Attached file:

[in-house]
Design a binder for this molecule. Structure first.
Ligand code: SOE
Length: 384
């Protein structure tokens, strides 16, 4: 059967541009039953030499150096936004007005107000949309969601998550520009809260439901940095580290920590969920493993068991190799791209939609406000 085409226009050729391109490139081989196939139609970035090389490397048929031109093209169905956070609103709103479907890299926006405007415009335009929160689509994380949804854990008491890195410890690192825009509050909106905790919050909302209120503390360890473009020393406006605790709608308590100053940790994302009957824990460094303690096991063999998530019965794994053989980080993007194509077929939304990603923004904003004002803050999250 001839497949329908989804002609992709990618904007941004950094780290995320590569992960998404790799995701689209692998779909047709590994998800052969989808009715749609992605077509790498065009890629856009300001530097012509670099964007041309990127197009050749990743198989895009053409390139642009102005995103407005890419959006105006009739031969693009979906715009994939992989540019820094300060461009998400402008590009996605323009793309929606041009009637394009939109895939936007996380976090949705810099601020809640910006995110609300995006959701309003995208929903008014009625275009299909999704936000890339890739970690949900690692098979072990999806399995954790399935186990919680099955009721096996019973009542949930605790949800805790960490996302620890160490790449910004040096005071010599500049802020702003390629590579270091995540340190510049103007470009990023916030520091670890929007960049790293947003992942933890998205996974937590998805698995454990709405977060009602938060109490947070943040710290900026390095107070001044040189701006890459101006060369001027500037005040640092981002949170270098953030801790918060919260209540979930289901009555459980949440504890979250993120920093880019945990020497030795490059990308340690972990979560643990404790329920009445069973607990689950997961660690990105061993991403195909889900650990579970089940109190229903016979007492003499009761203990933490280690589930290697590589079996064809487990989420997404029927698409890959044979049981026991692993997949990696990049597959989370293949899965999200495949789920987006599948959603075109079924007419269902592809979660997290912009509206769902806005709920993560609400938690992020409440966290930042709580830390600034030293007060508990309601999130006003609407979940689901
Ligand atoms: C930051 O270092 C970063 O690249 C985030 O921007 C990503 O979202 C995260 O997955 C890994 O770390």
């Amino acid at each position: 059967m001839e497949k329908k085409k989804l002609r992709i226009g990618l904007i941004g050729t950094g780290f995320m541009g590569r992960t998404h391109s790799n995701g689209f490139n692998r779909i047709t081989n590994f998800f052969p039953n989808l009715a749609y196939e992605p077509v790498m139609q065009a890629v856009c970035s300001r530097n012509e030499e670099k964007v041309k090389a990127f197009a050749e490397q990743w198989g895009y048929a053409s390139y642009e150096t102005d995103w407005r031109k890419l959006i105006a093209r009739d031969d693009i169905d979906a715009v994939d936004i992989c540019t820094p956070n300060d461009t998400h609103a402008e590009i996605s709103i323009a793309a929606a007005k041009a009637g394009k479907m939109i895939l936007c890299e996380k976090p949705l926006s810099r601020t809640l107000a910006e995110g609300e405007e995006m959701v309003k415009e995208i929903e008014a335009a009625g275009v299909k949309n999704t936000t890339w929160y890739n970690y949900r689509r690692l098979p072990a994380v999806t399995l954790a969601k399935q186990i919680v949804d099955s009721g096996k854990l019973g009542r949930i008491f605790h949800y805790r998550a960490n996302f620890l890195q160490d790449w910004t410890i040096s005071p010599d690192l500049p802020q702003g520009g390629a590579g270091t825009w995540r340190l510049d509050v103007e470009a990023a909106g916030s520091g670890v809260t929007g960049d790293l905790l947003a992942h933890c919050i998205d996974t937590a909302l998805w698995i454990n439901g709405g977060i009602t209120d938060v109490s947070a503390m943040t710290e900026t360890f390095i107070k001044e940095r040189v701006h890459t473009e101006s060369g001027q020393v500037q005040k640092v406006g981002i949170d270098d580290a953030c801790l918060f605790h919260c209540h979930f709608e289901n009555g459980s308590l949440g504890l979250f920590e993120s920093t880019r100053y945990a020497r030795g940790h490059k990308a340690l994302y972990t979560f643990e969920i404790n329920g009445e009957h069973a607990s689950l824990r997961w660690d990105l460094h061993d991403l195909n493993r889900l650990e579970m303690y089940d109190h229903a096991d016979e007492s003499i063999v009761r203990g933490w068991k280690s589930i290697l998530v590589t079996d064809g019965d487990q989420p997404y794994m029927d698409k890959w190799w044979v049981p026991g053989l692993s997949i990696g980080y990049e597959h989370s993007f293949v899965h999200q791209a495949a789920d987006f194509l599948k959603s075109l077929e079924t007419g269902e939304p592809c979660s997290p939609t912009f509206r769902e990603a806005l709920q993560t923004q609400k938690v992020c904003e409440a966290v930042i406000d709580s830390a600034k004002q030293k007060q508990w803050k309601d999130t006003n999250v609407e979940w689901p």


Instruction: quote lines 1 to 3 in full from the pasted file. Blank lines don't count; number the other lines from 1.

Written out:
[in-house]
Design a binder for this molecule. Structure first.
Ligand code: SOE